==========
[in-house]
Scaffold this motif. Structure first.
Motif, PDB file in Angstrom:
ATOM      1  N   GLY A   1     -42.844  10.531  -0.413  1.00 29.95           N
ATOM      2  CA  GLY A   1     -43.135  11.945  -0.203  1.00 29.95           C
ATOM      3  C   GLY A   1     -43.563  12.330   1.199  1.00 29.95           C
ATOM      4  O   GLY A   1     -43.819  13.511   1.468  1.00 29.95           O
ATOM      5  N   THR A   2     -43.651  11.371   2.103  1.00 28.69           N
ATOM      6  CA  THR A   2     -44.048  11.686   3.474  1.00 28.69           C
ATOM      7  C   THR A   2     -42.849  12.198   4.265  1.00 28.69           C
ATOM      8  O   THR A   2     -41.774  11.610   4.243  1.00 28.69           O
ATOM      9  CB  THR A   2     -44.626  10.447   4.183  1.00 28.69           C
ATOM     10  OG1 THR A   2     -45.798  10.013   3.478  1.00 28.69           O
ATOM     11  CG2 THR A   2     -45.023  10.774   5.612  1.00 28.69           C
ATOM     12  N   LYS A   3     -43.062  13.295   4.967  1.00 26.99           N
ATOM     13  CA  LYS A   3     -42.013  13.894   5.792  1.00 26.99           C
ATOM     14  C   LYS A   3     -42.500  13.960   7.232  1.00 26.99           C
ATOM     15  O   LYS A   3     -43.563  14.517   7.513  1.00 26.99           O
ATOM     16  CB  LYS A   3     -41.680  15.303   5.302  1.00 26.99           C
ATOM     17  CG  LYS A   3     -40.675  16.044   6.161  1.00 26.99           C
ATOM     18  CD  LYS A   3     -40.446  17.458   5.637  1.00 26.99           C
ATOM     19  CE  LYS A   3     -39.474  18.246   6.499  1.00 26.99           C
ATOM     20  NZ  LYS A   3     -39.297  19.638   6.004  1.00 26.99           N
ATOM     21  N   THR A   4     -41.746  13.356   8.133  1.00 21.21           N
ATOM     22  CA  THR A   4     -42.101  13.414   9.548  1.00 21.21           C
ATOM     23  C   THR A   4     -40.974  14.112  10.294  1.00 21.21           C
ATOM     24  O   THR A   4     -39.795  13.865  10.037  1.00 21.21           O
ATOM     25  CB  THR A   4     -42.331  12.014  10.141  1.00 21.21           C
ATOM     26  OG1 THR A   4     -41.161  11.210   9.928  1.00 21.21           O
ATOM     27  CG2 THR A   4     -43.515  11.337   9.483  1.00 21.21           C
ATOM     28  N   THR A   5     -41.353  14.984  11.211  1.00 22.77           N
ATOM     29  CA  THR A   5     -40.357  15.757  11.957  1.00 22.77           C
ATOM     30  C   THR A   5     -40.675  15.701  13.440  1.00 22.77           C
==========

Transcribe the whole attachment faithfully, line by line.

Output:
[in-house]
Scaffold this motif. Structure first.
Motif, PDB file in Angstrom:
ATOM      1  N   GLY A   1     -42.844  10.531  -0.413  1.00 29.95           N
ATOM      2  CA  GLY A   1     -43.135  11.945  -0.203  1.00 29.95           C
ATOM      3  C   GLY A   1     -43.563  12.330   1.199  1.00 29.95           C
ATOM      4  O   GLY A   1     -43.819  13.511   1.468  1.00 29.95           O
ATOM      5  N   THR A   2     -43.651  11.371   2.103  1.00 28.69           N
ATOM      6  CA  THR A   2     -44.048  11.686   3.474  1.00 28.69           C
ATOM      7  C   THR A   2     -42.849  12.198   4.265  1.00 28.69           C
ATOM      8  O   THR A   2     -41.774  11.610   4.243  1.00 28.69           O
ATOM      9  CB  THR A   2     -44.626  10.447   4.183  1.00 28.69           C
ATOM     10  OG1 THR A   2     -45.798  10.013   3.478  1.00 28.69           O
ATOM     11  CG2 THR A   2     -45.023  10.774   5.612  1.00 28.69           C
ATOM     12  N   LYS A   3     -43.062  13.295   4.967  1.00 26.99           N
ATOM     13  CA  LYS A   3     -42.013  13.894   5.792  1.00 26.99           C
ATOM     14  C   LYS A   3     -42.500  13.960   7.232  1.00 26.99           C
ATOM     15  O   LYS A   3     -43.563  14.517   7.513  1.00 26.99           O
ATOM     16  CB  LYS A   3     -41.680  15.303   5.302  1.00 26.99           C
ATOM     17  CG  LYS A   3     -40.675  16.044   6.161  1.00 26.99           C
ATOM     18  CD  LYS A   3     -40.446  17.458   5.637  1.00 26.99           C
ATOM     19  CE  LYS A   3     -39.474  18.246   6.499  1.00 26.99           C
ATOM     20  NZ  LYS A   3     -39.297  19.638   6.004  1.00 26.99           N
ATOM     21  N   THR A   4     -41.746  13.356   8.133  1.00 21.21           N
ATOM     22  CA  THR A   4     -42.101  13.414   9.548  1.00 21.21           C
ATOM     23  C   THR A   4     -40.974  14.112  10.294  1.00 21.21           C
ATOM     24  O   THR A   4     -39.795  13.865  10.037  1.00 21.21           O
ATOM     25  CB  THR A   4     -42.331  12.014  10.141  1.00 21.21           C
ATOM     26  OG1 THR A   4     -41.161  11.210   9.928  1.00 21.21           O
ATOM     27  CG2 THR A   4     -43.515  11.337   9.483  1.00 21.21           C
ATOM     28  N   THR A   5     -41.353  14.984  11.211  1.00 22.77           N
ATOM     29  CA  THR A   5     -40.357  15.757  11.957  1.00 22.77           C
ATOM     30  C   THR A   5     -40.675  15.701  13.440  1.00 22.77           C